I recently bought two shirts at a thrift store that were purple and covered with applique. When describing them to a friend over the phone, my friend announced that they must be from a member of the Red Hat Society, since one of the themes of the Applique is Women in hats and all the the applique is red (red on purple). I had never heard of the Red Hat Society.
My friend couldn’t have been more right.
The Wikipedia says there are 70,000 members and 24,000 chapters… That means the average number of people per chapter is just under 3. Interesting. Also, I think this is brilliant and possibly even sad and evil marketing for the ‘official’ site/organization.
If you’re in the middle of trying to remove the starter from a 2001 Dodge Grand Caravan (or Plymouth Voyager ’cause I think it’s the same car), and you can’t find the second bolt, the upper bolt, I have written this to help you. I googled around and couldn’t find the answer myself when I was stuck, so hopefully the next guy has it a little easier.
The upper bolt can be seen from above. It has a head on it that is actually another smaller screw, which is why it is hard to find. There are two electrical/ground cables being held on by a nut down there, right about where you think the second bolt should be. Take the nut and two cables off and then with a deep socket (i can’t remember if it was 15mm or 17mm), you can undo that entire thing. I was stuck on this for a few hours. I almost undid that other bolt that’s a motor-mount or something–the big one you can see right next to it. Glad I didn’t.
I lady I know was given a mix tape by an old boyfriend and I asked her to make a copy of the mix for me because it contained a lot of interesting tracks.
For one, it contained this really obscure, super left-wing, hippy folk song from the Eighties about Nuclear Power. To me, it sounds like a very familiar if not cliche kind of ‘folk’ music: Celtic influences, singer-with-guitar, political message, Etc. The kind of thing you’d expect to hear at a protest rally.
“Power to kill!” it exclaims, in a ferocious, dare I say militant-sounding female register. It’s interesting to me how popular opinion about nuclear power has changed so much. I don’t mean that I think everyone loves it now, but it seems like we are a little more rational.
I can still remember how afraid we were of ‘nuclear’ anything in the Eighties. I was a little kid. But the movies at the time had really scary scenarios in them. War Games (1983) and Dreamscape (1984) come to mind.
The Russians were going to blow us up at any moment. Then we were going to blow them up automatically and the sky would turn red and there would be air raid sirens as the burning flesh is torn off our bodies by an impact blast just before everything is completely vaporized. All life on Earth would be destroyed except cockroaches. And if there was anyone anywhere that survived, they would be deformed because of the radiation. Or maybe some part of the species would retreat underground for hundreds or thousands of years. Anyway, I think we were scared, and possibly a little too scared.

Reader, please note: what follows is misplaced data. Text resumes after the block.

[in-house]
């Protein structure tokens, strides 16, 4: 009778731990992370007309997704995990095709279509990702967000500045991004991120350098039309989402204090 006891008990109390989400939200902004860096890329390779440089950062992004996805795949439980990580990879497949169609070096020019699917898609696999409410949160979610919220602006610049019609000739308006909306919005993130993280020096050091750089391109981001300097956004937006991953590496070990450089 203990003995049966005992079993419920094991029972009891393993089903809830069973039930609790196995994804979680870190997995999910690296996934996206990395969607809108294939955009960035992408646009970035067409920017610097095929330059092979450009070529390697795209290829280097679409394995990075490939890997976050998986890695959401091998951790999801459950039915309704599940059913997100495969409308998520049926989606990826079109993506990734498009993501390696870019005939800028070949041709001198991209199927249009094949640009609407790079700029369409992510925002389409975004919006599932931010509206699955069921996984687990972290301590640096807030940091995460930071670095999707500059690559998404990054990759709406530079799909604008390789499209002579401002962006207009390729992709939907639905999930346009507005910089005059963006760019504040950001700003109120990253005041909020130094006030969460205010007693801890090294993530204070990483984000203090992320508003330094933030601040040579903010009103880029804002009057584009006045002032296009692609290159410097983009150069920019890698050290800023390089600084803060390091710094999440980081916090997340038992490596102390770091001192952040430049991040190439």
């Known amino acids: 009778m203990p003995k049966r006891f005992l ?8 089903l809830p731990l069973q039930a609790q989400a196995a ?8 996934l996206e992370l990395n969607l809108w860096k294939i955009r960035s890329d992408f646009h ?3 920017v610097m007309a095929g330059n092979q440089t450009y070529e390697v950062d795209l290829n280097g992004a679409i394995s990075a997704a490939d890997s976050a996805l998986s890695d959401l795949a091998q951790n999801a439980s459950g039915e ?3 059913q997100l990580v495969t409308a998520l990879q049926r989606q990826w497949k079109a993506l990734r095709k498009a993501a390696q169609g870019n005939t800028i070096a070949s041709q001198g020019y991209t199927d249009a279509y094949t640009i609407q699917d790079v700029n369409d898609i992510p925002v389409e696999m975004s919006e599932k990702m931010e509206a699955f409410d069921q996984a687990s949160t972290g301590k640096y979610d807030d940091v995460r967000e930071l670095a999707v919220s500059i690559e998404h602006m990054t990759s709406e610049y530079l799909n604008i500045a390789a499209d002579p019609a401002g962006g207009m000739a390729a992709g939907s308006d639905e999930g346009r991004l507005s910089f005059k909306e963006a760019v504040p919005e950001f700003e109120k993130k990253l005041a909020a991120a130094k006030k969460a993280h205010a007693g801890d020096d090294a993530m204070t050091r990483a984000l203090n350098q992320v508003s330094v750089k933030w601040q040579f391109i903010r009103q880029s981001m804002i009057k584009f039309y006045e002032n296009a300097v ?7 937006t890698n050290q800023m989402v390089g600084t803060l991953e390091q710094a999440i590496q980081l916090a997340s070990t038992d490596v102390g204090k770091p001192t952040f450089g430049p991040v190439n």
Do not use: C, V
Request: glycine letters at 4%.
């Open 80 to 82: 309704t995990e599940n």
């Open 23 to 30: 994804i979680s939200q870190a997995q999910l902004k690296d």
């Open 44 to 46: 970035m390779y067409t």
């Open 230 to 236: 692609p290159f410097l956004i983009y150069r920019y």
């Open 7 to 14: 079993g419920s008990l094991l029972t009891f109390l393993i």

This song seems to be a pretty good manifestation of that hysteria. And now that I just looked it up, I see that this song came out before the Chernobyl disaster! Wow.
I wonder what issues we are overly afraid of today. Privacy online? Genetic Engineering? I’m not saying I believe we should be less worried about anything per se, but it’s interesting to ponder. I guess we’ll know in thirty years.
Anyway, back to the song. The origin of the song was a mystery to me for a long time. I’ve googled, trying to figure it out a number of times. Finally, I have success!
I googled some of the lyrics I found a page crediting a Nigel Gray as writing the lyrics (as a poem only) (Lyrics Below). So I googled the name of the poem and the name of the poet and voila! I found awebpage for the album. Super crunchy!
The following is an Email I got from Hanna Mae, email@example.com. It looks like a phishing scam to me. It contains the following takedown notice. The picture is the face of Vivek Moona, who runs Moona Consulting in Amsterdam, according to LinkedIN. I don’t know if they are legit or not.
2nd UPDATE: The folks at Moona helped me to determine that the email header info shows:
Received: from consultingmag.com (devel-si.lightedge.com [18.104.22.168])
This essentially proves that moonaconsulting.com is not the true sender of the email.
UDPATE: a few weeks after posting this, I got an email from the owner of the site this email claims to be from. He says they had nothing to do with these phishing scam emails. The message I got from him is at the bottom of this post.
Subject: Contract terms have been breached.
8 April, 2010
It has come to our attention that you are republishing original content from our website on your website.
Your unauthorized use of original material from our website is in violation of copyrights owned by us.
If you do not immediately remove the copyrighted material from your website, and notify us in writing
that you have done so, we will have no choice but to pursue legal action against you.
We require the copyrighted material to be removed and written notice given that such has been removed,
by no later than May 1, 2010. Attached is a list of the copyrighted material that you are infriging on.
It contains links to the copyrighted material that you are using.
CASE ID: 7714338
[Attached was a Word doc which says:]
(double click to view)
embedded you will find the law suit documents that
we wish to present in court.
[It seems this is a phishing scam. They want me to launch an embedded app or something.]
[now here’s the response I got to this post from the site’s owner.]
This is Vivek Moona. I saw your post on http://andrewapeterson.com/2010/04/fake-cease-and-desist-notice-from-moona-consulting/
These emails are phishing emails and in no way are these people representing Moona Consulting. I am very sorry that these people have received the emails, but they were sent out by someone impersonating as an employee of Moona Consulting and with any modern email programs deviants can send out “@anyemaildomain” fake emails that do not originate from our domain/address.